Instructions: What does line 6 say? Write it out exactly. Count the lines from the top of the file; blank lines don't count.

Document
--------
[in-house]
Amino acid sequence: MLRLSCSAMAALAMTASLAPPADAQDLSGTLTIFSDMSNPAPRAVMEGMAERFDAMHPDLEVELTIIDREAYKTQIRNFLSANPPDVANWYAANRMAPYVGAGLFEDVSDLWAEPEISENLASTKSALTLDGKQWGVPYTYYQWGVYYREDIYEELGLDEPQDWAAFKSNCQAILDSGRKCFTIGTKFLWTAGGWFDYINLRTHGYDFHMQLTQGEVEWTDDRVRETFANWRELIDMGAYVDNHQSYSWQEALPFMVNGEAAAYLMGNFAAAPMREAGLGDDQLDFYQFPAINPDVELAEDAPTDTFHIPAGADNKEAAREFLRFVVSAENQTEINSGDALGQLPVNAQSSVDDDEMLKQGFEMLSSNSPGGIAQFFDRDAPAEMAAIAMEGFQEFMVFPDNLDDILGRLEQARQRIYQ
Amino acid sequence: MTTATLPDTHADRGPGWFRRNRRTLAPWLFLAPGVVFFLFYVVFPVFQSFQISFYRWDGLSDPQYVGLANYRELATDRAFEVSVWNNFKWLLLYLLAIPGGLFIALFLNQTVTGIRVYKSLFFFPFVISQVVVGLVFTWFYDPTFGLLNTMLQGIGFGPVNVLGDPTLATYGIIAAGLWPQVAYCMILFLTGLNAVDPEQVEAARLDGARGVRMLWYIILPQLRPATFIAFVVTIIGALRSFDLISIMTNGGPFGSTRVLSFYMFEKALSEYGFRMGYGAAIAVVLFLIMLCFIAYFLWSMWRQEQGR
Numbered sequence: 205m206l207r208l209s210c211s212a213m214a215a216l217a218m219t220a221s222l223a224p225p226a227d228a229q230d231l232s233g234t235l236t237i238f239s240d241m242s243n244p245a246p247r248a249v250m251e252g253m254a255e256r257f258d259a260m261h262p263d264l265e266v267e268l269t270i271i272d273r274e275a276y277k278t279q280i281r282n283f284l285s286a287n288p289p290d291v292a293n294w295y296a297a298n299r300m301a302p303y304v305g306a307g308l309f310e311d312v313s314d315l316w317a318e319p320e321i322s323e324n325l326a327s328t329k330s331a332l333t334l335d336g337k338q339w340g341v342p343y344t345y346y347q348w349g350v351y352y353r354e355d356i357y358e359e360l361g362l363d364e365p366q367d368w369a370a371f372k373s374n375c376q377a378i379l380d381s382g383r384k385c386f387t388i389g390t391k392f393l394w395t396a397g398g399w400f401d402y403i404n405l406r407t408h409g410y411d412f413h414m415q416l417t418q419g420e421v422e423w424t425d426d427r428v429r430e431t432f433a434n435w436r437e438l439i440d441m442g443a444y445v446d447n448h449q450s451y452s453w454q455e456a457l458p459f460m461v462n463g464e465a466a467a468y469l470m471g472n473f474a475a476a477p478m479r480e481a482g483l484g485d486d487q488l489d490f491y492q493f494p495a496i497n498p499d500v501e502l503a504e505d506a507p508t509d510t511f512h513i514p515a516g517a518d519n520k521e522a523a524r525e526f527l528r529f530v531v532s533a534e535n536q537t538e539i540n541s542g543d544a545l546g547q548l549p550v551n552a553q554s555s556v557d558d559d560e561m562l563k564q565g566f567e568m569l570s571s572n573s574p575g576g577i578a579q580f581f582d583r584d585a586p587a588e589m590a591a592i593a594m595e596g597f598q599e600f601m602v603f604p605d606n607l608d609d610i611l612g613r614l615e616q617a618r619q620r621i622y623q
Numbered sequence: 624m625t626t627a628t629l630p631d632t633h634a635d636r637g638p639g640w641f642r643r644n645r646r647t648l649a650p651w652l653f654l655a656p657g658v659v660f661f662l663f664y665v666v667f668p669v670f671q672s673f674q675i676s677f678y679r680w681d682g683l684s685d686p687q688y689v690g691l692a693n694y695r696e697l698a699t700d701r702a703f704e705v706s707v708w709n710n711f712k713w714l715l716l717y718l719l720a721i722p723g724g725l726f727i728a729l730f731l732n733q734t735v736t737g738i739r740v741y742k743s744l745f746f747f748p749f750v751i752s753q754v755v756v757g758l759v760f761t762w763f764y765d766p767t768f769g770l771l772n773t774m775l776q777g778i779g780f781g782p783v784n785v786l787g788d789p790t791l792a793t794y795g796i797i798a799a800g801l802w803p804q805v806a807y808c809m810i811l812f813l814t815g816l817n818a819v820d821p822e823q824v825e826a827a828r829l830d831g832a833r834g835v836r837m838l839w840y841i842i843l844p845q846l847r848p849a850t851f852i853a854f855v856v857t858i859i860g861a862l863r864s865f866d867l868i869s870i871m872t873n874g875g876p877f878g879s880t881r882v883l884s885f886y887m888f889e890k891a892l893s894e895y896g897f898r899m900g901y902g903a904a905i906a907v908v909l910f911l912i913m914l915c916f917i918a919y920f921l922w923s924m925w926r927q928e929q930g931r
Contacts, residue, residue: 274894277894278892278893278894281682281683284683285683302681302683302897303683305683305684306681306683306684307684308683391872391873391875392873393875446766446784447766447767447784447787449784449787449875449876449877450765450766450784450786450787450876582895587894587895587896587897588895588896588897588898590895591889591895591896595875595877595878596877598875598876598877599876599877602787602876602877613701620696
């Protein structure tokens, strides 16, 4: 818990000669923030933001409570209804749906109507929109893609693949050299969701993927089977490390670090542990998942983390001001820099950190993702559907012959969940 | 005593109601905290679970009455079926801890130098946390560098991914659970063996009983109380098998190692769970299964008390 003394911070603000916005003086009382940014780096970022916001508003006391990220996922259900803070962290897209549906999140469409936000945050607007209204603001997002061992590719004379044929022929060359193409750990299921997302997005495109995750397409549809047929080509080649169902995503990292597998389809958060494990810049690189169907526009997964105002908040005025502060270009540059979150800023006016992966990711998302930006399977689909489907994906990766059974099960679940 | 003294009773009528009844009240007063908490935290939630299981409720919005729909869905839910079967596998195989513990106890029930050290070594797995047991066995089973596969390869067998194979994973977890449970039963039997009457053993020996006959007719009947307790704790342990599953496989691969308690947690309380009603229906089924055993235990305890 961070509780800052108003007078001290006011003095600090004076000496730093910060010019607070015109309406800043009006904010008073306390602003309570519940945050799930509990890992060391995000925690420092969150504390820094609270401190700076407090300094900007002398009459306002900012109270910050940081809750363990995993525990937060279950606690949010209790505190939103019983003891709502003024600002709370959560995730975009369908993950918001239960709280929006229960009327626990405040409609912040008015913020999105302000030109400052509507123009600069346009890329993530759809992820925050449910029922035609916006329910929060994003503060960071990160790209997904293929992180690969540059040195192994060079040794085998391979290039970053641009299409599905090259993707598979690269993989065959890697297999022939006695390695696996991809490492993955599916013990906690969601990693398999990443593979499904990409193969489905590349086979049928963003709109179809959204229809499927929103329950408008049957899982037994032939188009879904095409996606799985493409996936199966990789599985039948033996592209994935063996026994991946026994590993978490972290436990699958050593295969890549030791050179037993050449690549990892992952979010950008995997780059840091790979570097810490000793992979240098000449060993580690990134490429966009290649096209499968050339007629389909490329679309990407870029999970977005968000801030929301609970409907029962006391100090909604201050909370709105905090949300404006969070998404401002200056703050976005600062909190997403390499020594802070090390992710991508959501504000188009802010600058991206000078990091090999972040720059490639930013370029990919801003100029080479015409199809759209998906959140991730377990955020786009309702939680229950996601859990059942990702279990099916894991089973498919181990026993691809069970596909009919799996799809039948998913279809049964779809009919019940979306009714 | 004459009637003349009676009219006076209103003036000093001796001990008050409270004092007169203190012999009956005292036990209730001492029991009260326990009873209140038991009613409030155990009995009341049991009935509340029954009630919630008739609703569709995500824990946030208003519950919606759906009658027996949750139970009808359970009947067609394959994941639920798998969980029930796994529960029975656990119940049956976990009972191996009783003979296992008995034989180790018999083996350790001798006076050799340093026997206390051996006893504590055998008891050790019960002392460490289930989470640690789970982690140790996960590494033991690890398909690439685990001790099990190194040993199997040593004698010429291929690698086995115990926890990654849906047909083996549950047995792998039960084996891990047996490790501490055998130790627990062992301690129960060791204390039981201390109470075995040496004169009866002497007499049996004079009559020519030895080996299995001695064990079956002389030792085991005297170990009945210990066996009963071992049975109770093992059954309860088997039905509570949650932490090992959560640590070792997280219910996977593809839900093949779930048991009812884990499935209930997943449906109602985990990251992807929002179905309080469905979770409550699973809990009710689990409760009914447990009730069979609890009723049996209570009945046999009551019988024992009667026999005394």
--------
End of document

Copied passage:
Contacts, residue, residue: 274894277894278892278893278894281682281683284683285683302681302683302897303683305683305684306681306683306684307684308683391872391873391875392873393875446766446784447766447767447784447787449784449787449875449876449877450765450766450784450786450787450876582895587894587895587896587897588895588896588897588898590895591889591895591896595875595877595878596877598875598876598877599876599877602787602876602877613701620696